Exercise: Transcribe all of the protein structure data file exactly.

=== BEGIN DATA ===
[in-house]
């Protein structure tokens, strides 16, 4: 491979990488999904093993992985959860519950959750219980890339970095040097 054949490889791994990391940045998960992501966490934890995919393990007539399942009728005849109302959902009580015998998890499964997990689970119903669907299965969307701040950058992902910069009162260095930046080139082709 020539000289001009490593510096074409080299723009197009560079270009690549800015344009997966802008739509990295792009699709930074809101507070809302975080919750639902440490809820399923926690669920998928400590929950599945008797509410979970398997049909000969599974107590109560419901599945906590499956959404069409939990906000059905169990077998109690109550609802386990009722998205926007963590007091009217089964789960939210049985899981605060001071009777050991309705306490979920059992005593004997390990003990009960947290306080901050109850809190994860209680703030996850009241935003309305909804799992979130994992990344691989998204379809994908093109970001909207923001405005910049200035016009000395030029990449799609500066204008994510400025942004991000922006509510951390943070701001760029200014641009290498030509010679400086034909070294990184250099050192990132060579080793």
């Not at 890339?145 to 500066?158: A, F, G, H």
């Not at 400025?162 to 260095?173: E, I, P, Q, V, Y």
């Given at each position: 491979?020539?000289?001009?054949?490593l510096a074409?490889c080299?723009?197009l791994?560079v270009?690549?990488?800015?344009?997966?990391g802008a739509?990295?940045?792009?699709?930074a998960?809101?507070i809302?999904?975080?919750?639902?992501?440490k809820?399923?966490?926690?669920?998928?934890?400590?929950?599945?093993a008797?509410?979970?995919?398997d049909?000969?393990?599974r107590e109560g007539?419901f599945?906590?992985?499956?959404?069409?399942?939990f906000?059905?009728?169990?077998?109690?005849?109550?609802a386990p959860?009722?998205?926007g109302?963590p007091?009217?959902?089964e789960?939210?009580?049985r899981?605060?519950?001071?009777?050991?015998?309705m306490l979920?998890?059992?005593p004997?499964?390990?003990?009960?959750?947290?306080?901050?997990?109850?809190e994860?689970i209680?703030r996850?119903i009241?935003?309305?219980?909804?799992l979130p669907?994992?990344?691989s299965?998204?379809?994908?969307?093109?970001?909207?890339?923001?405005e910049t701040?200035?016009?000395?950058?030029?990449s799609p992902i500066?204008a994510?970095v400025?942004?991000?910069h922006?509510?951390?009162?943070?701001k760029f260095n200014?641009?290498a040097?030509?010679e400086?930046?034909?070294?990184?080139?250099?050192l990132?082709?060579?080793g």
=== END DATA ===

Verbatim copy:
[in-house]
């Protein structure tokens, strides 16, 4: 491979990488999904093993992985959860519950959750219980890339970095040097 054949490889791994990391940045998960992501966490934890995919393990007539399942009728005849109302959902009580015998998890499964997990689970119903669907299965969307701040950058992902910069009162260095930046080139082709 020539000289001009490593510096074409080299723009197009560079270009690549800015344009997966802008739509990295792009699709930074809101507070809302975080919750639902440490809820399923926690669920998928400590929950599945008797509410979970398997049909000969599974107590109560419901599945906590499956959404069409939990906000059905169990077998109690109550609802386990009722998205926007963590007091009217089964789960939210049985899981605060001071009777050991309705306490979920059992005593004997390990003990009960947290306080901050109850809190994860209680703030996850009241935003309305909804799992979130994992990344691989998204379809994908093109970001909207923001405005910049200035016009000395030029990449799609500066204008994510400025942004991000922006509510951390943070701001760029200014641009290498030509010679400086034909070294990184250099050192990132060579080793």
């Not at 890339?145 to 500066?158: A, F, G, H």
């Not at 400025?162 to 260095?173: E, I, P, Q, V, Y």
């Given at each position: 491979?020539?000289?001009?054949?490593l510096a074409?490889c080299?723009?197009l791994?560079v270009?690549?990488?800015?344009?997966?990391g802008a739509?990295?940045?792009?699709?930074a998960?809101?507070i809302?999904?975080?919750?639902?992501?440490k809820?399923?966490?926690?669920?998928?934890?400590?929950?599945?093993a008797?509410?979970?995919?398997d049909?000969?393990?599974r107590e109560g007539?419901f599945?906590?992985?499956?959404?069409?399942?939990f906000?059905?009728?169990?077998?109690?005849?109550?609802a386990p959860?009722?998205?926007g109302?963590p007091?009217?959902?089964e789960?939210?009580?049985r899981?605060?519950?001071?009777?050991?015998?309705m306490l979920?998890?059992?005593p004997?499964?390990?003990?009960?959750?947290?306080?901050?997990?109850?809190e994860?689970i209680?703030r996850?119903i009241?935003?309305?219980?909804?799992l979130p669907?994992?990344?691989s299965?998204?379809?994908?969307?093109?970001?909207?890339?923001?405005e910049t701040?200035?016009?000395?950058?030029?990449s799609p992902i500066?204008a994510?970095v400025?942004?991000?910069h922006?509510?951390?009162?943070?701001k760029f260095n200014?641009?290498a040097?030509?010679e400086?930046?034909?070294?990184?080139?250099?050192l990132?082709?060579?080793g």